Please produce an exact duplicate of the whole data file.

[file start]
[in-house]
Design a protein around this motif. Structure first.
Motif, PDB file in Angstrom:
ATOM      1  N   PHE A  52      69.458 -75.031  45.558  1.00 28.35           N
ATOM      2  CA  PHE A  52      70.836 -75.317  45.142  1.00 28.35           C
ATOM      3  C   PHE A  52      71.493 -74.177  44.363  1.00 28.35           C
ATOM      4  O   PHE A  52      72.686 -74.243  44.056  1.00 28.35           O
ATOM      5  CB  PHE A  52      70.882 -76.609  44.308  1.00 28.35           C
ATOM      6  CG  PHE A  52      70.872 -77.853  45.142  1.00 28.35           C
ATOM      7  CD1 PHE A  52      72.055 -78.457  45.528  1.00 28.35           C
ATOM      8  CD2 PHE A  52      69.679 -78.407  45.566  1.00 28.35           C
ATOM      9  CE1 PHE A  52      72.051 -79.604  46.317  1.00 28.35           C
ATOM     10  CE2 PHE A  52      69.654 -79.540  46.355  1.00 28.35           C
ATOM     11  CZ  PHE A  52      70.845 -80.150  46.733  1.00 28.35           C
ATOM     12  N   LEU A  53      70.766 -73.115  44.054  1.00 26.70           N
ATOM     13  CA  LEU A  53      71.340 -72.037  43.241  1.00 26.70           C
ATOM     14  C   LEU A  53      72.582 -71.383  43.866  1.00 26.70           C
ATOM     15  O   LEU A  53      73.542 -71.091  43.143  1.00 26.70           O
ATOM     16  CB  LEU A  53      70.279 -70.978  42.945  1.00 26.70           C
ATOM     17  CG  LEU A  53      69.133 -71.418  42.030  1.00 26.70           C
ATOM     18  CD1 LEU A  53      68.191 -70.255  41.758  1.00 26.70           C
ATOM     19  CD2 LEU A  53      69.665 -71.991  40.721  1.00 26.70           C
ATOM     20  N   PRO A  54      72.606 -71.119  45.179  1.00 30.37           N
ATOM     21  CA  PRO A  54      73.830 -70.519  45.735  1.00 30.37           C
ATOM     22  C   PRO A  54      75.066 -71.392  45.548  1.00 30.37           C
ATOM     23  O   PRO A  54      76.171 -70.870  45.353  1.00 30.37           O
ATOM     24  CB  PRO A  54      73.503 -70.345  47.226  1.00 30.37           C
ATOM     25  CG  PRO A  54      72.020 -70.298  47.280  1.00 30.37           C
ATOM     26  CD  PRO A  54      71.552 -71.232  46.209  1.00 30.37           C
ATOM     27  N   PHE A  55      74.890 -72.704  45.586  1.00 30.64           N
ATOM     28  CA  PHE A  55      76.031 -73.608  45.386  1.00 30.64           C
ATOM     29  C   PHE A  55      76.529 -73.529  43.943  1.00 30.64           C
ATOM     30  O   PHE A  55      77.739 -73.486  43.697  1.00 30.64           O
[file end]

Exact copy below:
[in-house]
Design a protein around this motif. Structure first.
Motif, PDB file in Angstrom:
ATOM      1  N   PHE A  52      69.458 -75.031  45.558  1.00 28.35           N
ATOM      2  CA  PHE A  52      70.836 -75.317  45.142  1.00 28.35           C
ATOM      3  C   PHE A  52      71.493 -74.177  44.363  1.00 28.35           C
ATOM      4  O   PHE A  52      72.686 -74.243  44.056  1.00 28.35           O
ATOM      5  CB  PHE A  52      70.882 -76.609  44.308  1.00 28.35           C
ATOM      6  CG  PHE A  52      70.872 -77.853  45.142  1.00 28.35           C
ATOM      7  CD1 PHE A  52      72.055 -78.457  45.528  1.00 28.35           C
ATOM      8  CD2 PHE A  52      69.679 -78.407  45.566  1.00 28.35           C
ATOM      9  CE1 PHE A  52      72.051 -79.604  46.317  1.00 28.35           C
ATOM     10  CE2 PHE A  52      69.654 -79.540  46.355  1.00 28.35           C
ATOM     11  CZ  PHE A  52      70.845 -80.150  46.733  1.00 28.35           C
ATOM     12  N   LEU A  53      70.766 -73.115  44.054  1.00 26.70           N
ATOM     13  CA  LEU A  53      71.340 -72.037  43.241  1.00 26.70           C
ATOM     14  C   LEU A  53      72.582 -71.383  43.866  1.00 26.70           C
ATOM     15  O   LEU A  53      73.542 -71.091  43.143  1.00 26.70           O
ATOM     16  CB  LEU A  53      70.279 -70.978  42.945  1.00 26.70           C
ATOM     17  CG  LEU A  53      69.133 -71.418  42.030  1.00 26.70           C
ATOM     18  CD1 LEU A  53      68.191 -70.255  41.758  1.00 26.70           C
ATOM     19  CD2 LEU A  53      69.665 -71.991  40.721  1.00 26.70           C
ATOM     20  N   PRO A  54      72.606 -71.119  45.179  1.00 30.37           N
ATOM     21  CA  PRO A  54      73.830 -70.519  45.735  1.00 30.37           C
ATOM     22  C   PRO A  54      75.066 -71.392  45.548  1.00 30.37           C
ATOM     23  O   PRO A  54      76.171 -70.870  45.353  1.00 30.37           O
ATOM     24  CB  PRO A  54      73.503 -70.345  47.226  1.00 30.37           C
ATOM     25  CG  PRO A  54      72.020 -70.298  47.280  1.00 30.37           C
ATOM     26  CD  PRO A  54      71.552 -71.232  46.209  1.00 30.37           C
ATOM     27  N   PHE A  55      74.890 -72.704  45.586  1.00 30.64           N
ATOM     28  CA  PHE A  55      76.031 -73.608  45.386  1.00 30.64           C
ATOM     29  C   PHE A  55      76.529 -73.529  43.943  1.00 30.64           C
ATOM     30  O   PHE A  55      77.739 -73.486  43.697  1.00 30.64           O